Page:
by Michael Bowen
The new music director of the Spokane Symphony Orchestra is seated with his knees up around his chin, making steering-wheel motions with his hands. "My first car was a Trabant," he says, acting out what it was like to drive one of the tiny East German "automobiles." (Trabants, literally, had plastic bodies wrapped around go-kart engines.) "It wasn't soundproof," he recalls. "You can hear the pedal when you push it. Then you whack the gears and off you go."
Eckart Preu has burst into the room, 6-feet-2-inches and almost gangly, with a two-day stubble and hair adrift. He rocks back in his seat as he talks, gesticulating. He's programmed a lot of German music this season - as a German, does he feel he understands it better? "I'm against everything that says you have to understand the music," he says, lining up against all those stodgy intellectual approaches to classical music.
"The thing that drives me crazy is when people [who don't attend classical concerts] say, 'I don't know the music, I don't understand it.'" Preu wants the music to bypass your head and go straight to your heart. He'll try out his theories on local audiences starting with Friday night's season-opener, featuring music by Prokofiev and Stravinsky. After all, we associate other forms of music with emotion, and think nothing of it. Why not classical, too?
"If you don't like what we're playing," he says to his audience, getting up and acting out the scene he's imagining - "I want you to 'Boo!' and stomp your feet." He wants listeners to respond to Mendelssohn and Schumann physically, kinesthetically -- because that's his own tendency, both in and out of the concert hall.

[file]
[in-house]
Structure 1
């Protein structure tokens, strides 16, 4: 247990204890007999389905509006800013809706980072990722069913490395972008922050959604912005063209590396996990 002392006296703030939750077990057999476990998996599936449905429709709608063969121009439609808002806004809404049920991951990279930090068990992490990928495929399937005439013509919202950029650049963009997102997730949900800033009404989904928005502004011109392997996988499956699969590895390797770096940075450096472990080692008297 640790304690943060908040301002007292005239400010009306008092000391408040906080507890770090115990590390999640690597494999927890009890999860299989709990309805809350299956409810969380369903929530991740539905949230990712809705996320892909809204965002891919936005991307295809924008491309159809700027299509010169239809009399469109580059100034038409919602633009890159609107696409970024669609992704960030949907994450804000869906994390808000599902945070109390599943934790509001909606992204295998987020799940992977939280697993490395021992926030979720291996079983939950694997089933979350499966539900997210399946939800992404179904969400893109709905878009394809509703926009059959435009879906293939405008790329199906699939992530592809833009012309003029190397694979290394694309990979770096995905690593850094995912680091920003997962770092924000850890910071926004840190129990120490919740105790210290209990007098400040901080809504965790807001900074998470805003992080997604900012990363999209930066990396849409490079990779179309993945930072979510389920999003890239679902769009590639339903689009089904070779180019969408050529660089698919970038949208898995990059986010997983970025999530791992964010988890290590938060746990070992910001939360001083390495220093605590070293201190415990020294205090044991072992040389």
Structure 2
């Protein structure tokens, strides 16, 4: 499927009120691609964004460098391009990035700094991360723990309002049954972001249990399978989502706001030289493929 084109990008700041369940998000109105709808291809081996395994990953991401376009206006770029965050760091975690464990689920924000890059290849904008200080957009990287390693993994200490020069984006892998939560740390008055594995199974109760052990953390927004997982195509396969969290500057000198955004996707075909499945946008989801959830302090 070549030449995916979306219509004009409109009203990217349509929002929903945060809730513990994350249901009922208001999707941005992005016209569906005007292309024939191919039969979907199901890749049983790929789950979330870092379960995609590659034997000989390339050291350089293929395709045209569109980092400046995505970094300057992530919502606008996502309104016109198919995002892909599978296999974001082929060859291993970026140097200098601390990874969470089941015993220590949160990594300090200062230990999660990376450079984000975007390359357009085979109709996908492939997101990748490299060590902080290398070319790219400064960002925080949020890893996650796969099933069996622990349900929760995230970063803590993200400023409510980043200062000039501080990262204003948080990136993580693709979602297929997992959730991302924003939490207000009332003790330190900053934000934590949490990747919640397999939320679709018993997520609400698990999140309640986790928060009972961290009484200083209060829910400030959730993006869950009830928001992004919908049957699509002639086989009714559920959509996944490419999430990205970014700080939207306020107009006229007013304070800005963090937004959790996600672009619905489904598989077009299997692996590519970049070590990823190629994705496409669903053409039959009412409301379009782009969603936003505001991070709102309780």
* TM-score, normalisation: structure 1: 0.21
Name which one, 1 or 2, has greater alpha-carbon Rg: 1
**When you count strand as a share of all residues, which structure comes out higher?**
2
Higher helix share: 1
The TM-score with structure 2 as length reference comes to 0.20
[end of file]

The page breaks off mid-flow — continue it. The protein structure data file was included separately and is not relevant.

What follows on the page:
"After I've studied a score intently for a couple of hours, I want to do anything that is the opposite of what we do. I love to go hiking. I play tennis. And I'll confess it, I love action movies -- I've seen I, Robot, I've seen Hero.
"And I want to start dancing. I mean, I've done it before, but I want to take lessons. Because it is the only thing in life that really makes me happy.
"Besides, music and dancing go hand in hand. It's -- how do you say? -- 'barbarian.' It's in our roots. People who sing are happier. It makes us happy -- it's been proven in studies -- because you are using your body."
Preu exercised his voice and body in a boys' choir for eight years. Living in East Germany, he says, "I discovered how impaired I was. I was about 12 when I realized, literally, that there are so many things I cannot do.
"I was like a tiger baby in a cage -- you open the door, then he races out. That's me."
Born a generation after the end of World War II, Preu retains pride in his homeland -- "the war," he says, "brought my country into existence" -- while still laboring under a sense of misplaced guilt. "I've heard about Jews saying, 'You killed my grandfather!' and I think, 'No, I didn't. That wasn't me.'"
All of which makes Preu's next international guest-conducting venture significant. In April, he will travel to Jerusalem to conduct German music in Israel -- Schumann, Weber, Mozart -- but also to lead the Jerusalem Symphony Orchestra in a piano concerto by Michael Damian, an Israeli composer.
Preu knows something about how to appreciate other cultures and about how to appreciate live performance, too. He goes back into salesman-for-the-Spokane-Symphony mode.
"People ask why they should spend $25 on a concert when they can spend less and get a CD and have that piece of music with them forever," he remarks.
"You know, every New Year's Eve, I take five minutes to reflect back on what I liked about the previous year. And it's scary how little I remember. But it's always life events -- a particular concert, a dance event, a play -- a life event.
"Of all the CDs I own" -- he makes an exasperated, sorting-through-the-piles motion -- "I have about three that were truly life-changing for me."
The rituals of concert-going are what we'll remember months afterward, says Preu, even if music is transitory by nature: "Music doesn't exist in the moment. You do it and it's gone. We are creating memories. We cater to the memory business."
He wants his Symphony to create life events for its audience. And for himself: At 34 and as the new director of a mid-level American orchestra, Preu must have some disposable income lying around, and they don't make Trabants anymore. How'd the new car shopping go, Eckart?
"Well," he admits sheepishly, "I am German. I looked at Audis, of course. But I got a BMW."
As for the speeds he's attained on Eastern Washington highways, he won't comment.
But he grins. Lately Eckart Preu has been enjoying his life events.
Publication date: 09/16/04